The chain’s locations in malls have taken a hit, but online business has soared during the pandemic.
When Mark Andol opened his first Made in America Store more than 10 years ago in the Buffalo suburb of Elma, N.Y., he was motivated by frustration and his love of all things Made in America.
As the owner of the General Welding and Fabricating Inc., Andol lost half of his major contracts when the work was outsourced to China in 2008. He was forced to close two of his four factories, and laid off half of his workforce.
But Andol did not sit quietly and refused to accept defeat. Instead, he decided to open a retail store featuring nothing but 100 percent American-made products.
Friends told him he was doing it for spite and was doomed for failure. But more than a decade later, the Made in America Store is going as strong as ever, even in the midst of the coronavirus pandemic.
And on Wednesday, Andol cut the ribbon on a brand new brick-and-mortar location in Depew, N.Y., about 20 miles away from the flagship store in Elma.
Andol firmly believes that when consumers experience Made in America products in person, they recognize the quality of American-made items, and that can influence what they buy in the future.
Andol has been the prophet of Made in America products in the Buffalo area of upstate New York. His flagship brick-and-mortar store has become a popular destination for people who want to witness and purchase what American manufacturers are making.
More than 800 busloads of people have made the journey to small-town Elma to learn what is Made in America. Many visitors are foreigners, including tourists from China who want to buy American-made products.
But because of COVID-19, the Made in America Store has had to pivot from its successful retail presence. “We actually had 110 tour buses scheduled to see the store this year, but they all got canceled, except for two which ran at half capacity,” Andol said.
Prior to COVID-19, the Made in America Store locations were growing at a steady pace, and there were seven stores in the western Buffalo region, mostly located in shopping malls.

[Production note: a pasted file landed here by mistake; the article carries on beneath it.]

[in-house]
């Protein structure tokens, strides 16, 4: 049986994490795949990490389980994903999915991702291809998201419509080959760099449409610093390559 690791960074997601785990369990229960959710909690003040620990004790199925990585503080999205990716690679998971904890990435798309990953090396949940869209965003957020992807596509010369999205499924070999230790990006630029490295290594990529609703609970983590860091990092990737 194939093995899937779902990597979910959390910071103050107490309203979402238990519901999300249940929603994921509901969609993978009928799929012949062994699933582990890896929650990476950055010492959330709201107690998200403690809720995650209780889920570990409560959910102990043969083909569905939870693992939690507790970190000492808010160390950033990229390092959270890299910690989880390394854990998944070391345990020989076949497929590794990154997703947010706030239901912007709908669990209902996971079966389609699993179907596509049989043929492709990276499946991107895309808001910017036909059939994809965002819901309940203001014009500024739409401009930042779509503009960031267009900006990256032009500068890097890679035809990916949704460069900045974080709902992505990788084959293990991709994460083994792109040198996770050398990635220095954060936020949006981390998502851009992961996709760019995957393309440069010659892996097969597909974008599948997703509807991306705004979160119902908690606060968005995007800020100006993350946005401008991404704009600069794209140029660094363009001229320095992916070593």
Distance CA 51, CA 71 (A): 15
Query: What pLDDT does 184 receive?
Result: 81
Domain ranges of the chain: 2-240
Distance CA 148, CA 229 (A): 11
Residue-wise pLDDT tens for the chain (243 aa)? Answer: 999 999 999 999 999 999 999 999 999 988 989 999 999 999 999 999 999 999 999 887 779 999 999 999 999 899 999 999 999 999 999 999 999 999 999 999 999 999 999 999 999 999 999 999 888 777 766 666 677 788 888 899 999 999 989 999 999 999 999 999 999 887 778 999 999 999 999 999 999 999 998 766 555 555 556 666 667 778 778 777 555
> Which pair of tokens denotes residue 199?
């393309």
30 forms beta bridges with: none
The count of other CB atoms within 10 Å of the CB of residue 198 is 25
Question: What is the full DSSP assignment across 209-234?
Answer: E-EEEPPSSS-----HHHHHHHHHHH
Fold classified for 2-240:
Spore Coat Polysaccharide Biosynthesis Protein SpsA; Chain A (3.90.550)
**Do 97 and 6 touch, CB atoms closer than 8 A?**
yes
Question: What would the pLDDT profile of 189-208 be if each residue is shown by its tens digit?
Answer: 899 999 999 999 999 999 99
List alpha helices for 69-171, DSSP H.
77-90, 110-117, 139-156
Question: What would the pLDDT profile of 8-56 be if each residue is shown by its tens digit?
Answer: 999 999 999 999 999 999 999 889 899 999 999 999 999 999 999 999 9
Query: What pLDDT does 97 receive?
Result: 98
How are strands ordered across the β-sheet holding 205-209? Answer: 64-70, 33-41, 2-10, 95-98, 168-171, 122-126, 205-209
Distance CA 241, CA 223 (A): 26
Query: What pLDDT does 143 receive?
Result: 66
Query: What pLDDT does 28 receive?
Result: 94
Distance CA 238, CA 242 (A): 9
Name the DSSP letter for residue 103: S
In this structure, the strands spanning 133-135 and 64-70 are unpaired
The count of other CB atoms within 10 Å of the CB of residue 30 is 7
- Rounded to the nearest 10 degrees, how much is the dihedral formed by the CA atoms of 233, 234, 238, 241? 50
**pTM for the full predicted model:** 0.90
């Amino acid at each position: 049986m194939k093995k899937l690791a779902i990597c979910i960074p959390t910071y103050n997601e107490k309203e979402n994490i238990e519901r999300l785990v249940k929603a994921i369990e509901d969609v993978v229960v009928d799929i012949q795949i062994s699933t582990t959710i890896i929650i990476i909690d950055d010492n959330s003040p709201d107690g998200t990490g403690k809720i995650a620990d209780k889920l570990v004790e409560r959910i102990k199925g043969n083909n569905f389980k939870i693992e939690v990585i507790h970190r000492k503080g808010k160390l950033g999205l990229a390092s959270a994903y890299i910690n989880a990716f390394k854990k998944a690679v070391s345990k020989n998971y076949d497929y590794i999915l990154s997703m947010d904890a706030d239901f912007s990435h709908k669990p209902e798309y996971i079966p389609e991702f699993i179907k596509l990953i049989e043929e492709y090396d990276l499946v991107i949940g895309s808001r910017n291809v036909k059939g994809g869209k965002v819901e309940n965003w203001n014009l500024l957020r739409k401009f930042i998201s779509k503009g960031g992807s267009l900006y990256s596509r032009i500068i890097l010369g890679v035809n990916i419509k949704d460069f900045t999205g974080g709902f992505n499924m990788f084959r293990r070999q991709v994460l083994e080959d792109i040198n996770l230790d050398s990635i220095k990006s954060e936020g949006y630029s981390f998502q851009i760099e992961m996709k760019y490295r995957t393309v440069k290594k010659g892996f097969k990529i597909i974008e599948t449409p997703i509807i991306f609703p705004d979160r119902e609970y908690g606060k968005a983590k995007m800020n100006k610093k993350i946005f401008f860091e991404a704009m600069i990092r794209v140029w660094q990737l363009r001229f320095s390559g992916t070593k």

“But once COVID hit, we had to make some changes,” Andol said. “Our flagship store was allowed to remain open, and the General Welding and Fabricating company also was deemed essential, because we manufacture military products for Northrup Grumman.
“We had to close three of our stores that were located in shopping malls because they were non-essential. But even before COVID hit us, mall shopping was slowing down, and COVID really hurt our mall stores. So, we decided to open a strip mall store that would provide easy access to customers, like my 83-year-old mother.”
The Made in America Store also has seen a huge jump in its digital business during the pandemic.
“I would say our online business has increased 1,000 percent and that was a very pleasant surprise,” Andol said. “And the brick-and-mortar stores have gained momentum, too. More people are showing up at the stores because it is a short vacation for them during this pandemic. And with the lack of American-made goods to fight the pandemic, people are really going out of their way to see what is Made in America. People are realizing even more now we shouldn’t rely on Chinese products and manufacturing anymore.”
April 2020 was the 10th anniversary of the Made in America Store, and the company now showcases more than 9,000 products that support more than 500 privately owned American businesses.
For a company that based its business model on retail stores, the Made in America Store has now become an online sensation in a major way.
“Our Facebook product grew from 80,000, and we are going to hit 250,000 by the end of the year, and that is incredible growth for Facebook traffic,” Andol said. “We want people to visit our stores and see and touch the products, but we’ve had to adjust to more online sales because of COVID.
“We also have wholesale products. We are a distribution house. We bring all product in, and vet them and make sure they are 100 percent made in our country, and we can help other people have wholesale products. If people want American-made products, I can help them.”
It took a pandemic and a lack of medical supplies for many of Andol’s friends and associates to comprehend what his work has been about for the past 10 years.
“People were absolutely surprised how many products were imported,” Andol said. “I got calls, even from my banker, saying, ‘Mark you have been talking about this for years and I should be banging my fists on my desk. I can’t believe on our dependency on China.’ I mean all of a sudden, people woke up.”
But as shopping malls and retail stores continue to lose business, Andol is not giving up on his Made in America Stores.
Wednesday’s grand opening of the second brick-and-mortar Made in America Store, which is located in a former Bank of America location, may be a gamble. But Andol continues to believe you can bank on American-made. Focusing on a mission to save and create American jobs, especially in manufacturing, Andol’s motto has been “for country, for soldier, for American worker and for our children’s future.”